It’s interesting that you point that out because I’ve been noticing people around my age rewatching the HBO show Girls which aired about 10 years ago, which is not that long ago. But I think for people of my generation, we’re reflecting on our youth.
We also sometimes see how society has changed. It makes you realize the progress that society might have made, or at least the changes. I see it as progressive where you see that you yourself have changed, but maybe also the world that you live in has changed. So it’s a little window to the past. But this window to the past allows you to see the present more clearly.
What makes a good rewatch show? Do they have certain qualities or characteristics or is it more so about the individual’s taste?
Honestly, I am still searching for the answer. In fact, I have a project going on right now that is about what makes a hit because I do think there are certain patterns. My co-author and I think there’s something related to the cultural zeitgeist — that a show taps into a particular cultural zeitgeist and that’s what makes it become a hit when it first comes out.
There are universal characteristics that will make it stick across these generations, like friendships. Seinfeld is a group of friends. Friends is a group of friends. So there’s a lot of factors, which is why it’s so hard to answer these questions. And my job, as a researcher, is to try to distill it down to the essential factors.
I think likely it’s going to come down to the basic Greek styles like tragedy, comedy.
Does binge-watching impact the way that we revisit and reinterpret a show that we probably watched when it aired weekly?
I have another paper called Narrative Navigation, it’s also about TV, and in that one, what we noticed was in the streaming age, people navigate the shows that they watch, and especially the shows that they rewatch, very differently. I rewatch things from start to finish. We would find that people would watch the ending first. Or they would skip entire scenes because there’s a character that they don’t like. Or just watch the last season.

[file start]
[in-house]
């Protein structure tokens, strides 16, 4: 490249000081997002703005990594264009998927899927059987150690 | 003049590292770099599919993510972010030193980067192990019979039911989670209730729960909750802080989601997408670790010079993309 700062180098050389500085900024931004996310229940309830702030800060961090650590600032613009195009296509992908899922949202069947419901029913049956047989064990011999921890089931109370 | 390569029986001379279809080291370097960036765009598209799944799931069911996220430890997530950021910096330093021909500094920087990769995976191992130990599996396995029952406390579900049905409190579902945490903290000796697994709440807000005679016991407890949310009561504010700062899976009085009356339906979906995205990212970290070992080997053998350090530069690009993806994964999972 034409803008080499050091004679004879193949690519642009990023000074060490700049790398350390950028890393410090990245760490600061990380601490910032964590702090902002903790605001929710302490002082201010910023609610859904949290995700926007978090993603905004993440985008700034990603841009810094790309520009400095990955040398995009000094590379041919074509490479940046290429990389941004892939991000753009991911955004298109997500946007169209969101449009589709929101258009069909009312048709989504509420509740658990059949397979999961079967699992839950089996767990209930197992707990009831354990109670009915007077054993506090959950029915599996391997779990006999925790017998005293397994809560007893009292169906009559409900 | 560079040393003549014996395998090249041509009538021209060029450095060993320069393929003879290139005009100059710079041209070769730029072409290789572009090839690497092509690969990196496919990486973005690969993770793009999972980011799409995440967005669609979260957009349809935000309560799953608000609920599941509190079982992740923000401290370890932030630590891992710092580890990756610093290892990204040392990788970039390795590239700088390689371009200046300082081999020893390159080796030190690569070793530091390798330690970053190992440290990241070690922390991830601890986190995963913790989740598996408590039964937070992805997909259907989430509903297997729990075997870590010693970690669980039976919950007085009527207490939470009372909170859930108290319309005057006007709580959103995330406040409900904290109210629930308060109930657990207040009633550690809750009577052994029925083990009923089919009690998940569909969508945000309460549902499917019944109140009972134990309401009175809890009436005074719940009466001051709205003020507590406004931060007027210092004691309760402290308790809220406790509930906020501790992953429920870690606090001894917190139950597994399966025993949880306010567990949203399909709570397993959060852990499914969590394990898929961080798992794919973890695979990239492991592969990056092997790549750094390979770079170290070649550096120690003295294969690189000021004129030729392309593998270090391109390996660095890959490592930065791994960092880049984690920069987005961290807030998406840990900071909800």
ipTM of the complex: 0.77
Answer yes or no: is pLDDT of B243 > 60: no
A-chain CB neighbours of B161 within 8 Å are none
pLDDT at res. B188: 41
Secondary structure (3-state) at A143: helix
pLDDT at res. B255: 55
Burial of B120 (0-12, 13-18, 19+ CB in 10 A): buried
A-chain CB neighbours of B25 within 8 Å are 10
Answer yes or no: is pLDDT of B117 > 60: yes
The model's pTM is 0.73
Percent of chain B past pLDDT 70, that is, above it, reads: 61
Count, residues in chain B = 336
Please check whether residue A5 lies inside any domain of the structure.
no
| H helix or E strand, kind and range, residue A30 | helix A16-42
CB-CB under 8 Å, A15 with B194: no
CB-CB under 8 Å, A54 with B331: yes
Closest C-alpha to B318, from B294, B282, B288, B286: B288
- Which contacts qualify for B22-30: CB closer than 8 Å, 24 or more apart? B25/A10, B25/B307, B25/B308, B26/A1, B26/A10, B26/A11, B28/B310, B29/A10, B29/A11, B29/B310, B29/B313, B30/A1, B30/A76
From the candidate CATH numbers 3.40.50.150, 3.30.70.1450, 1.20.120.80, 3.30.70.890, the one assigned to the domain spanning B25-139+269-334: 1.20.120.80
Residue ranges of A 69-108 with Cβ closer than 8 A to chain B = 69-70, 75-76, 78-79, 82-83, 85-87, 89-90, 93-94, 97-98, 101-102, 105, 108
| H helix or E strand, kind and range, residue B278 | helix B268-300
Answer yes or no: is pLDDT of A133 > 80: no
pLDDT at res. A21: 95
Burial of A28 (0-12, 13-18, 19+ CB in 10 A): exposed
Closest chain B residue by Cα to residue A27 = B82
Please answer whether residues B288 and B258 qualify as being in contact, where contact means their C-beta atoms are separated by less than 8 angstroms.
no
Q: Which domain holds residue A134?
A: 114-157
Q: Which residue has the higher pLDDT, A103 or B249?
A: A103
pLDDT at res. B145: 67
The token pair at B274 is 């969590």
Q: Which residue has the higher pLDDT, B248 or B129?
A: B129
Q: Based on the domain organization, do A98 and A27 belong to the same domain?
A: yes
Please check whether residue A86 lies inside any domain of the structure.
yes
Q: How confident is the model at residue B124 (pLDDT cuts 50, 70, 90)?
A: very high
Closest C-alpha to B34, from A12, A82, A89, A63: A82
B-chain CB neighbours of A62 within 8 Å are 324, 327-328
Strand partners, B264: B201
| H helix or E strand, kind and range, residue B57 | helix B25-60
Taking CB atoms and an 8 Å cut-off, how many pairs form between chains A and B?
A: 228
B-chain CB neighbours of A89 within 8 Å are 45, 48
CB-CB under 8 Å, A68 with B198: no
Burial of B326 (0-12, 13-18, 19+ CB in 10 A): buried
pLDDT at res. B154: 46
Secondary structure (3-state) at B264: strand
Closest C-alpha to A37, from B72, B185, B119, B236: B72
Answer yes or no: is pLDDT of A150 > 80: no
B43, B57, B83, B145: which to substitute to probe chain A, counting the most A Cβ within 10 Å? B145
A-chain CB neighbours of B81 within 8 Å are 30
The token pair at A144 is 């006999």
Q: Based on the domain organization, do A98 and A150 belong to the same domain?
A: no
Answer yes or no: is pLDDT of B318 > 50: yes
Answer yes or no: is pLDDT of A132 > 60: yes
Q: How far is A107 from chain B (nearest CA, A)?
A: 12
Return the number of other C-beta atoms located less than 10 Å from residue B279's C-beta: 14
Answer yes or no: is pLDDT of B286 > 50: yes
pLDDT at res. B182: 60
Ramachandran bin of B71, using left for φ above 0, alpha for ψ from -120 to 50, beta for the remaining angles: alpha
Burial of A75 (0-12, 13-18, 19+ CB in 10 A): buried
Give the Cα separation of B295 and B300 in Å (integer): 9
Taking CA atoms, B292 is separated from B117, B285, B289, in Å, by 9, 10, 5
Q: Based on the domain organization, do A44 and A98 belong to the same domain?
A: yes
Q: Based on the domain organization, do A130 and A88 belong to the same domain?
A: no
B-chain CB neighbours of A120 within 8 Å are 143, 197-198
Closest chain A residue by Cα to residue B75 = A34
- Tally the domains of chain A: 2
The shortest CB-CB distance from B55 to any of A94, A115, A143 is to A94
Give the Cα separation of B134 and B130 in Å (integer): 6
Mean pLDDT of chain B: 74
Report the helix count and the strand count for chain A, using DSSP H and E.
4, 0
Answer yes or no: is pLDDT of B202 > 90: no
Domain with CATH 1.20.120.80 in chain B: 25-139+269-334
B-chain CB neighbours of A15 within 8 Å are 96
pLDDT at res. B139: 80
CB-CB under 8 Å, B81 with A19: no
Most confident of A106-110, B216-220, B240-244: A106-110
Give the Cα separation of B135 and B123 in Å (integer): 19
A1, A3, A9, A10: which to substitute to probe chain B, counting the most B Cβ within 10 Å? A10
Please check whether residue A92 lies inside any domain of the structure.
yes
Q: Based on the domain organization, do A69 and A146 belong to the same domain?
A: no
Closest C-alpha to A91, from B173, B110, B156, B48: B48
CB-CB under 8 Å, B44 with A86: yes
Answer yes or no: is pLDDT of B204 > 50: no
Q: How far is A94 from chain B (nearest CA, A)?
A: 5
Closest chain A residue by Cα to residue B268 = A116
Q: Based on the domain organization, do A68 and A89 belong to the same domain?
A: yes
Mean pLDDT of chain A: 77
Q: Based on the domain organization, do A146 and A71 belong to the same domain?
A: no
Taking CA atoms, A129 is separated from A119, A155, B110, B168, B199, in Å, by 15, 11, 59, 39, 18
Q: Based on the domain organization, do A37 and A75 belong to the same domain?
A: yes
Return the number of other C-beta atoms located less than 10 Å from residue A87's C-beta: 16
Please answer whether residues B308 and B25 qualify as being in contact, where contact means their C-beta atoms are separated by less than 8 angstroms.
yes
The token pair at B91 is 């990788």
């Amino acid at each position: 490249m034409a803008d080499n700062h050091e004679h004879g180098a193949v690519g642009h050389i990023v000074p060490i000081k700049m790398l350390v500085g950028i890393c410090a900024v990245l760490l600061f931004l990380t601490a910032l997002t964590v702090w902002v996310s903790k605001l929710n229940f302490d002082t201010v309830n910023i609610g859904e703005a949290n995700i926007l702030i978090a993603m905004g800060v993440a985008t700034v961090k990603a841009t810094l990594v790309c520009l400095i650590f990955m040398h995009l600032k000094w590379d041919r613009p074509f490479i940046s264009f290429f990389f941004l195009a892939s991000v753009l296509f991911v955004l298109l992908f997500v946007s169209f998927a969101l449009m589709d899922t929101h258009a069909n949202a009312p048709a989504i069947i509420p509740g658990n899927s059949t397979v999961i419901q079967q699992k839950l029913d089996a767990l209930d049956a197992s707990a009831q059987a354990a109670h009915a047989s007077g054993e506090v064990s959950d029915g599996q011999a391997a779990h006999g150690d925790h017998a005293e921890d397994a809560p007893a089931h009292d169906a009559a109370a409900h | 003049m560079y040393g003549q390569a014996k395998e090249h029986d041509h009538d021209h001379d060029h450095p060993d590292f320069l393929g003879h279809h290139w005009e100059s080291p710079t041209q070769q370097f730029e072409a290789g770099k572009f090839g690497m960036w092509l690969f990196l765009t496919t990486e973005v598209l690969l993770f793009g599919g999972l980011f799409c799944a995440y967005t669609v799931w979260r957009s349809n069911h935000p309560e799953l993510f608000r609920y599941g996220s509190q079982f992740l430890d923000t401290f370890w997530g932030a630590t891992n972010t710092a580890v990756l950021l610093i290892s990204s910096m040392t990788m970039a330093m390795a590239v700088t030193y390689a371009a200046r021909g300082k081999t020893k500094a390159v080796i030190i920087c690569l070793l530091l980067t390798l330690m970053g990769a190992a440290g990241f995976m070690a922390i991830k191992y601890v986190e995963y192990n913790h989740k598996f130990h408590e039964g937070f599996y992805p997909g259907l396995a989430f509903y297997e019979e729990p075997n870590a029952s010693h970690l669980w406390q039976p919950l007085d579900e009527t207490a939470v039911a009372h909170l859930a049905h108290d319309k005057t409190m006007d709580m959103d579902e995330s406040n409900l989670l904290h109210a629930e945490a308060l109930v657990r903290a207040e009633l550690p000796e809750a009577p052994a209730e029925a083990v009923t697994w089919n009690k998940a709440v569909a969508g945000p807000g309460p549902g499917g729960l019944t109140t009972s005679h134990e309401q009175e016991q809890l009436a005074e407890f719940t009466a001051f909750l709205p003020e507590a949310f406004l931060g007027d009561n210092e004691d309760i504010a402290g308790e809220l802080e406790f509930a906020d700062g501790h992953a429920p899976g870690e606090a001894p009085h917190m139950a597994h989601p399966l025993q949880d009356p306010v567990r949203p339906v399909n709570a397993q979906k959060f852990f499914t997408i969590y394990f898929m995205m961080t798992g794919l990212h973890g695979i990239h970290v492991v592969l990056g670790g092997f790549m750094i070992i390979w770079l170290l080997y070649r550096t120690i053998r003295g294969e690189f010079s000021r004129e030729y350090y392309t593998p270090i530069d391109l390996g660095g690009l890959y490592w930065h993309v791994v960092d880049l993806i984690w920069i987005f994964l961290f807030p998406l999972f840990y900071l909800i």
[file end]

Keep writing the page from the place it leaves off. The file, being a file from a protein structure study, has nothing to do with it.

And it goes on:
Most of the people we interviewed were doing all this piecemeal viewing or skipping or pausing. Many were even going on the internet to book a trip so they could go visit the spot that they just saw on the show.
What do people get out of it by watching it in these ways?
Basically now they’re in control. In the old days, it was here’s your Thursday night lineup. And you’ve got to wait until next Thursday to see the next episode. Now we’re fed the entire three seasons of a series all at once, and so you get to choose the pace at which you watch it. It’s not one size fits all anymore. It used to be linear. Even if they recorded it, most people watched TV pretty close to when episodes were released. Now it’s all over the place.
What has surprised you the most from your research on rewatching?
No matter how many times people repeated watching the same TV series, they would always pick up on new things in it. The reason is because people are hyper-responsive. In other words, they’ve fully dedicated their attention. We’re so distracted in modern life. This is actually a way of focusing your attention on something because you love it so much. This hyper-attentiveness and hyper-responsiveness makes you think, “I didn’t even notice, in the background of the garden over there, they’re growing this flower.” The first time you never even noticed there was a garden in the background because we’re looking at the characters. It’s almost like an endless supply of novelty, even though you’re actually doing something that’s the same.